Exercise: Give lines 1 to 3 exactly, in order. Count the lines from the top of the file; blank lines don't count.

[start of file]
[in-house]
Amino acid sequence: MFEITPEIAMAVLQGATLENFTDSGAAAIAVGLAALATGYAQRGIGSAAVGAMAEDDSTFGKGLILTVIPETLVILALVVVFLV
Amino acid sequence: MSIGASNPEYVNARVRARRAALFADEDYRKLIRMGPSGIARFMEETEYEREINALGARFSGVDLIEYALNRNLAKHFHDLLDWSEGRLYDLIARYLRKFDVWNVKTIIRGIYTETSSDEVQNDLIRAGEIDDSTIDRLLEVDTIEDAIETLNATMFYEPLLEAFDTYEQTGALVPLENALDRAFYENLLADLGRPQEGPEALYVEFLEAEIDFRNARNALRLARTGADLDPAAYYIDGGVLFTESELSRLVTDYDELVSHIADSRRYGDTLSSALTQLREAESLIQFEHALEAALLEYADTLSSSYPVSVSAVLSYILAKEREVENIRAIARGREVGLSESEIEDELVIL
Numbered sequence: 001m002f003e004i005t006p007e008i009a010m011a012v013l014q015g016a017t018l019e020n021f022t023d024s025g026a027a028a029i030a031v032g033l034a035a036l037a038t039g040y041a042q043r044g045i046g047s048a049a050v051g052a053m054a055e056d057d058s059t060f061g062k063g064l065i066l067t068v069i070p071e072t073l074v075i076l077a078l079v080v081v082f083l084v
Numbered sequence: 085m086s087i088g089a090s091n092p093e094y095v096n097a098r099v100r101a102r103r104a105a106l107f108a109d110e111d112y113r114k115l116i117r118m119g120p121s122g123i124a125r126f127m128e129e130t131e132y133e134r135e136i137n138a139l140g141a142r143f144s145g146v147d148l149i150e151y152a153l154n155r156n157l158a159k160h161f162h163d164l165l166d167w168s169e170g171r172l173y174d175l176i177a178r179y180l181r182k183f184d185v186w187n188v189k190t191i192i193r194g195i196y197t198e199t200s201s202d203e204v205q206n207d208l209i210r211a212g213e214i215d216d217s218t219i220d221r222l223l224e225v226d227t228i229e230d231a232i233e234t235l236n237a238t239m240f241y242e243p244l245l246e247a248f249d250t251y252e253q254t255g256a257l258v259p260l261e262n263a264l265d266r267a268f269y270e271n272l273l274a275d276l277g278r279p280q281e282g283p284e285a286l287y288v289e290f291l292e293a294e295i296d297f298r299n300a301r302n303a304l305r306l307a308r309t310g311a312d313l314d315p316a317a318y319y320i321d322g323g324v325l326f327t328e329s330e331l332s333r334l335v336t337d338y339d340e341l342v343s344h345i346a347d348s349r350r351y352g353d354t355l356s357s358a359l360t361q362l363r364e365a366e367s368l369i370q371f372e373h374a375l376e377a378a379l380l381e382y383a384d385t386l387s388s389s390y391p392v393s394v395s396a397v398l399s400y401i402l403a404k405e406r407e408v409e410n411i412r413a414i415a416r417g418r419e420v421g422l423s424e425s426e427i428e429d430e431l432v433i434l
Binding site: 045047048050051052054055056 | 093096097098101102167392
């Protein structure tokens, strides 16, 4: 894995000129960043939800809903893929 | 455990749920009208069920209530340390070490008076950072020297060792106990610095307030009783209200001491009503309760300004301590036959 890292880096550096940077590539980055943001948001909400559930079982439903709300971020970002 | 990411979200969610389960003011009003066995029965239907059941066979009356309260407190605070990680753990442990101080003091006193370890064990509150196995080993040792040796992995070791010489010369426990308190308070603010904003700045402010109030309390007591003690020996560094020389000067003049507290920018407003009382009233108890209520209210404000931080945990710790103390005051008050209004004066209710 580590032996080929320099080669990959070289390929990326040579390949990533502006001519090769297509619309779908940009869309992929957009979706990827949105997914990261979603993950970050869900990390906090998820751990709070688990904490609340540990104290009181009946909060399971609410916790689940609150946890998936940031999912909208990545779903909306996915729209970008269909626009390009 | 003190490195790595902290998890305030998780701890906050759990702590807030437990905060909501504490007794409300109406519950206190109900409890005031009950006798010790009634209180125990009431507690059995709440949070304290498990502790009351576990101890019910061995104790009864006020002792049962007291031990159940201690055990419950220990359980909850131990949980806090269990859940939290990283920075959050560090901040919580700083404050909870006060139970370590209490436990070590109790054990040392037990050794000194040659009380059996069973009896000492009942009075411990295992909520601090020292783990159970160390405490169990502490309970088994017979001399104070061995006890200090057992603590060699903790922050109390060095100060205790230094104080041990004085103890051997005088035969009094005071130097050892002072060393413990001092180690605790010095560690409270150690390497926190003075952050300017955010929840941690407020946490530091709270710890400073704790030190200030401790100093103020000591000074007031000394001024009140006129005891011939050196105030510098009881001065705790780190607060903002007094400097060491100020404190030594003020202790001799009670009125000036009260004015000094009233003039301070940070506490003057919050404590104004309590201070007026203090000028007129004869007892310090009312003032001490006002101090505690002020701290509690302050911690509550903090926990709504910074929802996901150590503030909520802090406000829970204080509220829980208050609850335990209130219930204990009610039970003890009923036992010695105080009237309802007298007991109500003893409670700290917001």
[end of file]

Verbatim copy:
[in-house]
Amino acid sequence: MFEITPEIAMAVLQGATLENFTDSGAAAIAVGLAALATGYAQRGIGSAAVGAMAEDDSTFGKGLILTVIPETLVILALVVVFLV
Amino acid sequence: MSIGASNPEYVNARVRARRAALFADEDYRKLIRMGPSGIARFMEETEYEREINALGARFSGVDLIEYALNRNLAKHFHDLLDWSEGRLYDLIARYLRKFDVWNVKTIIRGIYTETSSDEVQNDLIRAGEIDDSTIDRLLEVDTIEDAIETLNATMFYEPLLEAFDTYEQTGALVPLENALDRAFYENLLADLGRPQEGPEALYVEFLEAEIDFRNARNALRLARTGADLDPAAYYIDGGVLFTESELSRLVTDYDELVSHIADSRRYGDTLSSALTQLREAESLIQFEHALEAALLEYADTLSSSYPVSVSAVLSYILAKEREVENIRAIARGREVGLSESEIEDELVIL